Journal de Montreal workers still hold the line

26 01 2010

One year anniversary of lockout celebrated Sunday with show of solidarity at La Tulipe — by Tobi Elliott

One year after le Journal de Montreal‘s unionized employees were locked out of their workplace, negotiations are yet at a standstill between Quebecor Media and the workers. The war of words continues in the streets and online: Quebecor promotes its cause at, and the union workers at Neither shows any signs of budging.

Today, the 46-year old French language newspaper is still published daily by Quebecor’s management and freelancers. Much of the content comes from Quebecor’s other holdings, such as the TVA network, Sun Media dailies like 24 heures and the Canoë site.

On the other side of the locked doors, the union’s upstart news site is giving the Journal a serious run for its money. Underwritten by the worker’s union and staffed by le Journal’s reporting staff, the site went live four days after the 253 workers were locked out Jan. 24, 2009.

Not only is the upstart site looking more and more like a credible news source, it’s also attracting some decent advertising dollars. Pascal Filotto, the secretary of the workers’ union said that ruefrontenac is “exceeding everything that we’d hoped for.”

Ads from TELUS, Milk-bone Canada, Downy and TD Canada Trust have appeared on the site. Their biggest advertiser to date is the Federation des travailleurs et travailleuses du Quebec, a “million-dollar contract” that Filotto said came their way when Quebecor refused to run the agency’s ads in any of their outlets because FTQ refused to have their ads run in le Journal.

At a benefit concert at La Tulipe marking the one-year anniversary of the lockout, Raynald Leblanc, president of the Syndicat des travailleurs de l’information du Journal de Montreal, said it was “very, very possible” the union could hold out longer than two years if Ruefrontenac continues to grow at the rate it has been.

Raynald Leblanc says the union workers are "not victims" but fighters.

Filotto went so far as to claim Ruefrontenac “could eventually replace our strike fund.” At the start of the lockout, the fund had enough to pay workers 76 per cent of their salaries for two full years.

About one hundred reporters and editors work full-time on the site, another forty contribute to it occasionally. Those who don’t work on the site have to be at the picket lines at least twenty hours each week.

The two sides have only met once since the lockout. “We’re pretty much no where,” summed up Filotto. If anything, the divide appears greater than ever. While there was no talk of newsroom cuts before Christmas, said Filotto, now there is.

The union says they’re ready to meet to discuss “working conditions, working hours, financial issues… everything, everything would be on the table for us. That’s what we’ve always done,” said Filotto.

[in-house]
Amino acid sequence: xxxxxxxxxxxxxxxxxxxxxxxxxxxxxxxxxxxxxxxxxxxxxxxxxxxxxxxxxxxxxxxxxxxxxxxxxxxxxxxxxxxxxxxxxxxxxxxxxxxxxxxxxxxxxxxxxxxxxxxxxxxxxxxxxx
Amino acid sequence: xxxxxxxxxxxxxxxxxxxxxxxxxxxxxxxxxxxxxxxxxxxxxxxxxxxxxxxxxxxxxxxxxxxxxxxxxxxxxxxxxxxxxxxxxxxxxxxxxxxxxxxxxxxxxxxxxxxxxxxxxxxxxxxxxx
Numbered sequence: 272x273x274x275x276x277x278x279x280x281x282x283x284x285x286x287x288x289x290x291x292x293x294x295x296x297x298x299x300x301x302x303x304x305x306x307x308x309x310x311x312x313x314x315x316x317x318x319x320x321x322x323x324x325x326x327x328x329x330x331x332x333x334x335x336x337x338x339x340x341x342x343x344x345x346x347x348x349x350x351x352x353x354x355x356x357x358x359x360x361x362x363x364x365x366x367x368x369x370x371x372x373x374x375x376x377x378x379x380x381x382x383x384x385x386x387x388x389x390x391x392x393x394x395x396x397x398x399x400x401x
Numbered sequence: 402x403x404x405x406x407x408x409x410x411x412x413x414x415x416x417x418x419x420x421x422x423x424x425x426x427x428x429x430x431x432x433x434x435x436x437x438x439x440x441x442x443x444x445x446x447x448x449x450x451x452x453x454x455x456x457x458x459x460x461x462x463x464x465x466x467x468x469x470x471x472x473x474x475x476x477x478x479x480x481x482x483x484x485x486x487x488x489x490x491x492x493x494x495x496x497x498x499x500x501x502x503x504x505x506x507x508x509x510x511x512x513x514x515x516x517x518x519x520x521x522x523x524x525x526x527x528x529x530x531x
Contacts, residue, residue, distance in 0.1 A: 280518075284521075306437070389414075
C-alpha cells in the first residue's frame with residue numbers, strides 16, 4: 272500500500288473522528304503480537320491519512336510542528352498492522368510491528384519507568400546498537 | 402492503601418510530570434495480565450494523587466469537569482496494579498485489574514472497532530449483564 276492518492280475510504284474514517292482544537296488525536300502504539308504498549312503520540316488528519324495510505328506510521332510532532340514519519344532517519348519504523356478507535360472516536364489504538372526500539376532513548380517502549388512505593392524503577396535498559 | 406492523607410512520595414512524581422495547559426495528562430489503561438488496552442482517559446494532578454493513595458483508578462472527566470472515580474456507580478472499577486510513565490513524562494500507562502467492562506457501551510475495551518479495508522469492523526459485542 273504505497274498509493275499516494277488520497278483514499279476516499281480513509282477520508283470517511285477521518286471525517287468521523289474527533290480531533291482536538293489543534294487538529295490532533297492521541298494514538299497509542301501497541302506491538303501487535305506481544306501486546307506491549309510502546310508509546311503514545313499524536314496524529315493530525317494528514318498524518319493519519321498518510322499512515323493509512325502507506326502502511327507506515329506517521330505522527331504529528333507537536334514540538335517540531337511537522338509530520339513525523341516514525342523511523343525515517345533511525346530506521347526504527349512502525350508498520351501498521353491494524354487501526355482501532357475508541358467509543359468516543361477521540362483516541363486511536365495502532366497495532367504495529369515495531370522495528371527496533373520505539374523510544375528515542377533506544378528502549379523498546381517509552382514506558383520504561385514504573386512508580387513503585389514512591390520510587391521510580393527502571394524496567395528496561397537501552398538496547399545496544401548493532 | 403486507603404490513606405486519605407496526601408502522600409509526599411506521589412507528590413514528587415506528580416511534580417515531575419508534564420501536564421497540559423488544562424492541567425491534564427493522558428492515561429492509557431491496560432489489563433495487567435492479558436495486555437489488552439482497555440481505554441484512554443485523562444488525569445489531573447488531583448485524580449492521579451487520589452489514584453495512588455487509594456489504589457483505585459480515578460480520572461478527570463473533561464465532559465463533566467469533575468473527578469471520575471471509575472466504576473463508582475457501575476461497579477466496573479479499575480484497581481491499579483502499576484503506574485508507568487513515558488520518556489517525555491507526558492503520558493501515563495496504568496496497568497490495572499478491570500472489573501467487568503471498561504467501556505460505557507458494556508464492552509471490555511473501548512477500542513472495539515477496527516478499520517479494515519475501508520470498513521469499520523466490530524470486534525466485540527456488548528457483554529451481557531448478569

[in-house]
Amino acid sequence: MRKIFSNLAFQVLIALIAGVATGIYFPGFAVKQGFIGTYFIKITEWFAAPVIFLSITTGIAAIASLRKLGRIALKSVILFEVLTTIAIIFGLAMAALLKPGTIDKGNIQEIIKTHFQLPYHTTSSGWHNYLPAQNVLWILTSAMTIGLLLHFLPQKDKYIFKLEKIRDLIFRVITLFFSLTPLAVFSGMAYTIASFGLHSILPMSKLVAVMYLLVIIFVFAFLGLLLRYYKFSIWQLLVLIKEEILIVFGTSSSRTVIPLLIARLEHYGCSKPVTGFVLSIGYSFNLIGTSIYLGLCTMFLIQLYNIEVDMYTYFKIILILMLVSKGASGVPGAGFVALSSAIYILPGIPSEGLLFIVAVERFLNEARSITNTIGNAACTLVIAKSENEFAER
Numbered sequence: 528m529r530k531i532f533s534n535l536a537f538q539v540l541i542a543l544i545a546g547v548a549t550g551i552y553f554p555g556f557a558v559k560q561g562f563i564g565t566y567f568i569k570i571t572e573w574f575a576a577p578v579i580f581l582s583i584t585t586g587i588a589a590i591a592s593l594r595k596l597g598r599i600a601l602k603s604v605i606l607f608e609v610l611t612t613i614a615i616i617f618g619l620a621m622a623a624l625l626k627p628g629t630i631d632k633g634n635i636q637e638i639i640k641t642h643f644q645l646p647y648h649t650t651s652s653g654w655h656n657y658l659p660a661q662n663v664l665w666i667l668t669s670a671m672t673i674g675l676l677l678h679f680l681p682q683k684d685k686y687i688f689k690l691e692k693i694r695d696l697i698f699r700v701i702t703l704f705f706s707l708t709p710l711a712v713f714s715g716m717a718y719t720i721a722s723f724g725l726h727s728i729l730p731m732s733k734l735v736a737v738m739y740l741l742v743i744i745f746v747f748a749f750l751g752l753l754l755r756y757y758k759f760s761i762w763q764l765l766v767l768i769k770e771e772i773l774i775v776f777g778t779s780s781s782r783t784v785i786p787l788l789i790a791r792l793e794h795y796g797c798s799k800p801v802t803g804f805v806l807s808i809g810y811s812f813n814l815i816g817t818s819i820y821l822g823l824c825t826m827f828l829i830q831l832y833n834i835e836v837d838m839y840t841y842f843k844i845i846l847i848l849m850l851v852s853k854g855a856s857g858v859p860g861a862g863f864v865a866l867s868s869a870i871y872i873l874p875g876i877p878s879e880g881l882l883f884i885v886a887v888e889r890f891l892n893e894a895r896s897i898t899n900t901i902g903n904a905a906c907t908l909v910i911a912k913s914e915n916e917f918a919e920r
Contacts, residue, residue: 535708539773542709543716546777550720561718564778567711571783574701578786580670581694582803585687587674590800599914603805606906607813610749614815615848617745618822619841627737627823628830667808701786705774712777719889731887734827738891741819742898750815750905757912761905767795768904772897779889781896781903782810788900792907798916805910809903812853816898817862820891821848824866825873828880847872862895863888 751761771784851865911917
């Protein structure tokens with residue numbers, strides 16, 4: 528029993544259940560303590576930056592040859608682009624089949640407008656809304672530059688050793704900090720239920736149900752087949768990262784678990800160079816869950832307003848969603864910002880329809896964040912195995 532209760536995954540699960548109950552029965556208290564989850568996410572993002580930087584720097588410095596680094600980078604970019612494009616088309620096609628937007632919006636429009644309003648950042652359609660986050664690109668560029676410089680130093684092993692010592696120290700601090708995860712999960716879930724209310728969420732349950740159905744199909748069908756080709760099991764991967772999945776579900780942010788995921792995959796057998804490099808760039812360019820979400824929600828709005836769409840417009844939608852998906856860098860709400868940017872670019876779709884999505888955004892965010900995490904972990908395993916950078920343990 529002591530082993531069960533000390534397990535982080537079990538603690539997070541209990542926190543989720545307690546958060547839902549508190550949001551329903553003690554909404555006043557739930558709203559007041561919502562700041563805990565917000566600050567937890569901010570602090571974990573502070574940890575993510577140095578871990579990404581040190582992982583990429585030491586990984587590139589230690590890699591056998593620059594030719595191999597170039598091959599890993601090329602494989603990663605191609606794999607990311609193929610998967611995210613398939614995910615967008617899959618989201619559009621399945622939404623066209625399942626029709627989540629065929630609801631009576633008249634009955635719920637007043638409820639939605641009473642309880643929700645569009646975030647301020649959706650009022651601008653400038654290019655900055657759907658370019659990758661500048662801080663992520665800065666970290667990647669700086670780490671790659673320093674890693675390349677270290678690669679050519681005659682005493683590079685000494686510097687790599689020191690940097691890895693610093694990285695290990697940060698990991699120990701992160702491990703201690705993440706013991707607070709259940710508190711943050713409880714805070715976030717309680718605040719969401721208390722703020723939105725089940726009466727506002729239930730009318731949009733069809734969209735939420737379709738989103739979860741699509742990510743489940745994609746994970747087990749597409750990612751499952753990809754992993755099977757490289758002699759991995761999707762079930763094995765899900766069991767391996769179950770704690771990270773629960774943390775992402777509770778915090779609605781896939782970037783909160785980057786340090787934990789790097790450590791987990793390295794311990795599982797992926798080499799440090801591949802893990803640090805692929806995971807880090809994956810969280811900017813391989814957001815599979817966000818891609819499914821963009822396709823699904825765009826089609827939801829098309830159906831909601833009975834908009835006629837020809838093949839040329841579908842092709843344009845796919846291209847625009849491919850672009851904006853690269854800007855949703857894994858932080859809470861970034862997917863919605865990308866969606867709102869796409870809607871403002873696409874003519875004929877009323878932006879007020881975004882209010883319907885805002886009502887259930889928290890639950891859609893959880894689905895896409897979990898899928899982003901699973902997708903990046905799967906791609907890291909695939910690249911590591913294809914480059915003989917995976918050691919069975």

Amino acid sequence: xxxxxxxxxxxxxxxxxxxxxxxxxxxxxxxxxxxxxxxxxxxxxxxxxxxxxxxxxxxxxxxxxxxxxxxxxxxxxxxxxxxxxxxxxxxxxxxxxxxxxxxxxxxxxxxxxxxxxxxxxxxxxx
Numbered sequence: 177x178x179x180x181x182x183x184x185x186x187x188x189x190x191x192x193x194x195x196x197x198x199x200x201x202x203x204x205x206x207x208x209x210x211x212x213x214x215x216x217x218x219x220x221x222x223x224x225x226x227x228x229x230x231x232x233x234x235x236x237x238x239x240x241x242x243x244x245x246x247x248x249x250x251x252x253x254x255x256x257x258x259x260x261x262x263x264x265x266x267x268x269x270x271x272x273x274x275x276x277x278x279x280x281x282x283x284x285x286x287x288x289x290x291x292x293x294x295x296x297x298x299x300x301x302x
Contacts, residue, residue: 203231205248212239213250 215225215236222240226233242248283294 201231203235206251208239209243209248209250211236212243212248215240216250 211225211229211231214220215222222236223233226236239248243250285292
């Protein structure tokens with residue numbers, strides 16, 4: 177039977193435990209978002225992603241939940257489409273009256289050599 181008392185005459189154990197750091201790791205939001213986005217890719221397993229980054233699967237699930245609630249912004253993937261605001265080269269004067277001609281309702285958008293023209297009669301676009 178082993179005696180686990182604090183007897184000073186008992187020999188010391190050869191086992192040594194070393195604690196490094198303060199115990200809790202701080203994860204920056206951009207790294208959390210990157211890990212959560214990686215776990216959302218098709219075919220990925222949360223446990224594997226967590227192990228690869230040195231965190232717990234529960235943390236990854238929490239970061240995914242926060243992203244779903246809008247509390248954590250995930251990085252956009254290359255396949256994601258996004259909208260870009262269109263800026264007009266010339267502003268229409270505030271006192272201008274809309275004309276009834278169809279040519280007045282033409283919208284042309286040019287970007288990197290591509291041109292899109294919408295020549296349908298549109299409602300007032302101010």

According to Montreal’s The Gazette, Isabelle Dessureault, vice-president of public affairs at Quebecor Media Inc., said the major stumbling block in negotiations continues to be the question of layoffs.

Apart from work conditions and layoff negotiation, a major sticking point for the union is how Quebecor incorporated le Journal’s content into Canoë’s network. Quebecor President Pierre Karl Peladeau wrote in the Jan. 26, 2009 edition of le Journal de Montreal that they want to use the newspaper’s material “on Quebecor Media’s current and future platforms – and vice versa – in order to respond to the expectations of the readers.”

The union workers say they don’t want their stories incorporated into a system that includes, and, and used in TVA publications such as 7 Jours, Lundi, Dernière heure, Écho Vedettes, etc.

The union claims they have asked management for a Journal website for eight years, but they were told. “ ‘We’re not ready, give us some time, let us use this stuff from the Journal on all our other websites,’” said Filotto. Instead of their own website, they got Canoë.

“At some point they stopped wanting to talk to us,” said Filotto, “… and they’ve just put our stuff on Canoë, and started promoting the Canoë in the pages of the Journal as if it was the Journal’s website.”

The director of Concordia’s journalism department, Mike Gasher, said that although he’s skeptical ruefrontenac “will be able to make a serious go of it for very long,” he doesn’t think the Journal’s unionized workers are being unreasonable in their demands.

“I think the journalists recognize that the content they produce is the real franchise of Le Journal de Montreal and diluting that content is the wrong way to go,” said Gasher.

This symptom isn’t just local and Gasher thinks le Journal’s workers are in tune with what’s happening everywhere. “They are seeing newspapers all around them gutted by companies simply interested in squeezing out as much work as possible from as few workers as they can afford, with very little concern for the integrity of the editorial content or the integrity of the journalists who produce that content,” said Gasher.

“They dress it up in the language of convergence and the realities of multi-platform journalism, but their game is really putting the squeeze on the so-called content producers,” he said.

“The newspaper industry is not dying; it’s committing suicide by gutting newsrooms and becoming mere repeater stations of the rival media they don’t seem to want to compete with,” Gasher continued. “The unions recognize this and are resisting.”

That resistance was celebrated in the form of a sold out show at La Tulipe Sunday night with musicians Richard Desjardins, Tricot Machine, Louise Forestier and El Motor, Loco Locass and Jean-Sébastien Lavoie.